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The year 2020 has been one of the Blackest years in American culture. The horrendous killing of George Floyd in May created a cosmic shift in how the Black American experience was discussed, theorized, understood and positioned within the larger context of American history. Floyd’s death, at the behest of the state by way of Derek Chauvin, was an eye-opening reality for many Americans who live outside of Black identity.
Americans, specifically white Americans, witnessed the dehumanization Black people have endured throughout our American journey explicitly when the video of Chauvin siphoning the life out of Floyd made its rounds around the world. It’s a world that was suspended in its movement by a once-in-a-generation pandemic, a world that did not have the luxury or an excuse to look away.
What came on the other side of the unimaginable 21st-century lynching of George Floyd was an enhanced curiosity around the nuances of Black life and Black culture. As individual outliers and formerly indifferent corporate entities began speaking out and mobilizing under the mantra of Black Lives Matter, the nation began to display a deeper investment in Blackness as an identity marker.
After a year’s worth of crash course learning about the inequities and systemic hardships Black Americans face, there are some newly converted allies that are deeply curious about customs and cultural traditions that are native to the Black experience. And as we pivot towards the close of this very unique year, The North Star is unpacking the principles and impact of Kwanzaa, a nearly 60-year cultural celebration of Black heritage that bridges the conclusion of the current year with the beginning of the new year.
The celebration of Kwanzaa was the creation of Dr. Maulana Karenga, a professor and chairman of Black Studies at California State University Long Beach, in 1966. Dr. Karenga was looking for a way to unify the Black community after the tumultuous Watts riots of 1965, a six-day rebellion resulting in 34 deaths, thousands of injuries and the destruction of 1,000 buildings, totaling $40 million in damages.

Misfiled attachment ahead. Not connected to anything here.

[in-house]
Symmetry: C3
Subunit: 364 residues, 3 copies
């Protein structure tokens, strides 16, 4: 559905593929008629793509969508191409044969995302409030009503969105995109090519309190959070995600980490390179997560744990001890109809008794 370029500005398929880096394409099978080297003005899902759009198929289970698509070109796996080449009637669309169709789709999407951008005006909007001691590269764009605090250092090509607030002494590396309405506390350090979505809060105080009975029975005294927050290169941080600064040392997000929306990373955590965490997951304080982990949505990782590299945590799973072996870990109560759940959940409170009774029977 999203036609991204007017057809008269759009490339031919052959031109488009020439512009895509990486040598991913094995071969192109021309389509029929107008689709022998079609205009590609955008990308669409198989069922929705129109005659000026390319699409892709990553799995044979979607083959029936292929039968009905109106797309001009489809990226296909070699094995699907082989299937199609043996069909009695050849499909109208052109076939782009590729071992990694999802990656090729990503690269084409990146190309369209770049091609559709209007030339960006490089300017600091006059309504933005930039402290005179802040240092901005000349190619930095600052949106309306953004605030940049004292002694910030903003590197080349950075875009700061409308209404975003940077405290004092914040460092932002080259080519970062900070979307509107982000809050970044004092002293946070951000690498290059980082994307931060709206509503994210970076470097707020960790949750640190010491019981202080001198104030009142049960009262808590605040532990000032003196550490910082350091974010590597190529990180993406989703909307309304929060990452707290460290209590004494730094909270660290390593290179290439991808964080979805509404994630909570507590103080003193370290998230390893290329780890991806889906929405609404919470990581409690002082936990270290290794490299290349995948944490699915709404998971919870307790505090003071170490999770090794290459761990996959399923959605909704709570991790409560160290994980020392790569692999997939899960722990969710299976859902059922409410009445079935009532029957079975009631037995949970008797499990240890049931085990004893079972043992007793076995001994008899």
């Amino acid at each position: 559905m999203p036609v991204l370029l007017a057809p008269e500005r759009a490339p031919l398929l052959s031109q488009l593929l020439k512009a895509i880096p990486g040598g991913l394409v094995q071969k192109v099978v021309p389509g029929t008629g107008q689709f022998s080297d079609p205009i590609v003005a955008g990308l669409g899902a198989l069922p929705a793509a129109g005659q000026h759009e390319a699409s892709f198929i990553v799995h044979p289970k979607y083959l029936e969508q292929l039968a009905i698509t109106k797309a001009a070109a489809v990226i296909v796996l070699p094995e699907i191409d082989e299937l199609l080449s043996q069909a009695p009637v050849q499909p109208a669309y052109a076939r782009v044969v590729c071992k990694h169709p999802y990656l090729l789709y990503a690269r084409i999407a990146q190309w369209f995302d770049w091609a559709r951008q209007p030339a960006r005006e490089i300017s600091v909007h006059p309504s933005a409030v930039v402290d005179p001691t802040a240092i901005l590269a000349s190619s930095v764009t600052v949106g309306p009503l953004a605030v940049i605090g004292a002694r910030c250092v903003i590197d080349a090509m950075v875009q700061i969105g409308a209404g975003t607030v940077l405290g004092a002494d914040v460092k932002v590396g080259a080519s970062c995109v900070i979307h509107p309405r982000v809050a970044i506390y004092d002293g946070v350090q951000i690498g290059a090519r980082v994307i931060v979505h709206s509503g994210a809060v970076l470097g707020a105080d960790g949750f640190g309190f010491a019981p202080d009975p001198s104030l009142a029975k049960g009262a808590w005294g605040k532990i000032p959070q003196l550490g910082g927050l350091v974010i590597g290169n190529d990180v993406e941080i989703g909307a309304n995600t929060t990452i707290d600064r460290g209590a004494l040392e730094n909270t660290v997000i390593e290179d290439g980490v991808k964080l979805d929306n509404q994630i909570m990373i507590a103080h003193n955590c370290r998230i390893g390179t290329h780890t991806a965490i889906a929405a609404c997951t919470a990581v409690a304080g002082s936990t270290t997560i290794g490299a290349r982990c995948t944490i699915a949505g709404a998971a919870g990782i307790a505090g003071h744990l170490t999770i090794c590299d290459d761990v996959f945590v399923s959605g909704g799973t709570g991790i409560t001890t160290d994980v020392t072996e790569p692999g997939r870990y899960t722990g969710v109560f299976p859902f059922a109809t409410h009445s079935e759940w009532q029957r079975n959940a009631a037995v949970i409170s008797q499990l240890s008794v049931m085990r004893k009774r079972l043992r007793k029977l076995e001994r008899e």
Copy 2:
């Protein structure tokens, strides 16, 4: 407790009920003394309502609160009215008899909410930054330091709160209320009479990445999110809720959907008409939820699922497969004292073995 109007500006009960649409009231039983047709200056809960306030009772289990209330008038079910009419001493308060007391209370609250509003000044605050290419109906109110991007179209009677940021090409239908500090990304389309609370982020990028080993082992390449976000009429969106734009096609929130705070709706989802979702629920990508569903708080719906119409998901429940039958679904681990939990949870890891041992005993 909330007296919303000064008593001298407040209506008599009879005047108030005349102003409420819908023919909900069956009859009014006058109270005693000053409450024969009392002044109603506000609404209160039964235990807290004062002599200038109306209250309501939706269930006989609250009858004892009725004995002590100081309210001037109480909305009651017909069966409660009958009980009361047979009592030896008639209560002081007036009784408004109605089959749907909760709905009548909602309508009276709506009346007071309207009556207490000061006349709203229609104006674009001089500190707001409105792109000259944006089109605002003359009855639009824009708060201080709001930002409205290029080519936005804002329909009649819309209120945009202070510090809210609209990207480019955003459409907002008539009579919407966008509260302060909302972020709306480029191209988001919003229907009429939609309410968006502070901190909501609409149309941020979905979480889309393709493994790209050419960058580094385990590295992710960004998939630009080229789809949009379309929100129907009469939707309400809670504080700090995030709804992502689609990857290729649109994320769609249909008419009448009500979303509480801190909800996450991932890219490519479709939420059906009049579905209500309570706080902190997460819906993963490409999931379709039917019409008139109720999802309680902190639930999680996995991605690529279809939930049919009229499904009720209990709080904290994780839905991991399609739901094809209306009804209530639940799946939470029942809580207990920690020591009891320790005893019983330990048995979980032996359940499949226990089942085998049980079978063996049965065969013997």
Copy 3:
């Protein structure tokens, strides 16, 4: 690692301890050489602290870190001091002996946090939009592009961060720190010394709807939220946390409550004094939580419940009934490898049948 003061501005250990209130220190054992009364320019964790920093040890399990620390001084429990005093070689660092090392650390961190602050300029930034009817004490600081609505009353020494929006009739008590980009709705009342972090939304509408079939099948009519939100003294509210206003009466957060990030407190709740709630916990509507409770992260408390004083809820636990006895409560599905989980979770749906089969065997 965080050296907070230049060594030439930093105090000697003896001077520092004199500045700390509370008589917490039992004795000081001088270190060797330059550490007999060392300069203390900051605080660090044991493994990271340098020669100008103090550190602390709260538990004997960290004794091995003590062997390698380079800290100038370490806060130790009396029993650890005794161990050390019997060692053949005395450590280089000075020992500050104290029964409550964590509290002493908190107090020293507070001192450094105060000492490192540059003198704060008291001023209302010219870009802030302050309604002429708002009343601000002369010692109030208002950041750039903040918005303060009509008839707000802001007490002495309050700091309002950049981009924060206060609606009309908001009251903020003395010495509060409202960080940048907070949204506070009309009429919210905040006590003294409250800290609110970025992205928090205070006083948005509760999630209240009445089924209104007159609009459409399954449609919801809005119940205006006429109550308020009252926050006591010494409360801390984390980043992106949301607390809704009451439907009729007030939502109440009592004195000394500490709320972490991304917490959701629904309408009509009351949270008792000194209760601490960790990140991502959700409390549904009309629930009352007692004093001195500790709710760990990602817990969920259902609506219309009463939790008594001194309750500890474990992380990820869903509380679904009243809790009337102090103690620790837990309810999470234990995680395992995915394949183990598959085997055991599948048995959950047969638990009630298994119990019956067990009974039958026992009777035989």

Kwanzaa, which derives from the Swahili phrase “matunda ya kwanza,” meaning “first fruits,” is a seven-day observation beginning December 26 and concluding January 1 that incorporates seven principles emblematic of African culture. Kwanzaa is observed by millions annually and is not meant to function as a “Black alternative” to Christmas, rather a cultural holiday with “inherent spiritual quality.”
The seven principles of Kwanzaa and its relevance in 2020
For the past 53 years, Kwanzaa celebrations have been a staple in Black communities across the nation. Churches, community centers, banquet halls all over America have been filled with generations of Black folks adorned in colorful African garb, fellowshipping around the ideals of heritage, unity and culture.
Kwanzaa principles, intended to honor Black American ancestral roots, are the bedrock of the annual celebration. At the height of its popularity in the 1980s and 1990s, Kwanzaa was considered a cultivated extension of the Black Power movement of the late 1960s and 1970s.
In the current era of heightened awareness regarding the plight of Black Americans, the self-affirming principles of Kwanzaa serve not only as a reminder to Black folks about the strength in working as a collective but also as a prerequisite to non-Black allies in understanding that the vitality of Black folks.
Black culture cannot be merely reduced to its ability to survive. When America is treating us the fairest, it is giving reverence to the offerings Black people have provided this country, and acknowledging the unified effort it takes for us to spin gold from the ruins of oppressed humanity.
About the Author
Donney Rose is a poet, essayist, Kennedy Center Citizen Artist Fellow, advocate, and Chief Content Editor at The North Star. He believes in telling how it is and how it should be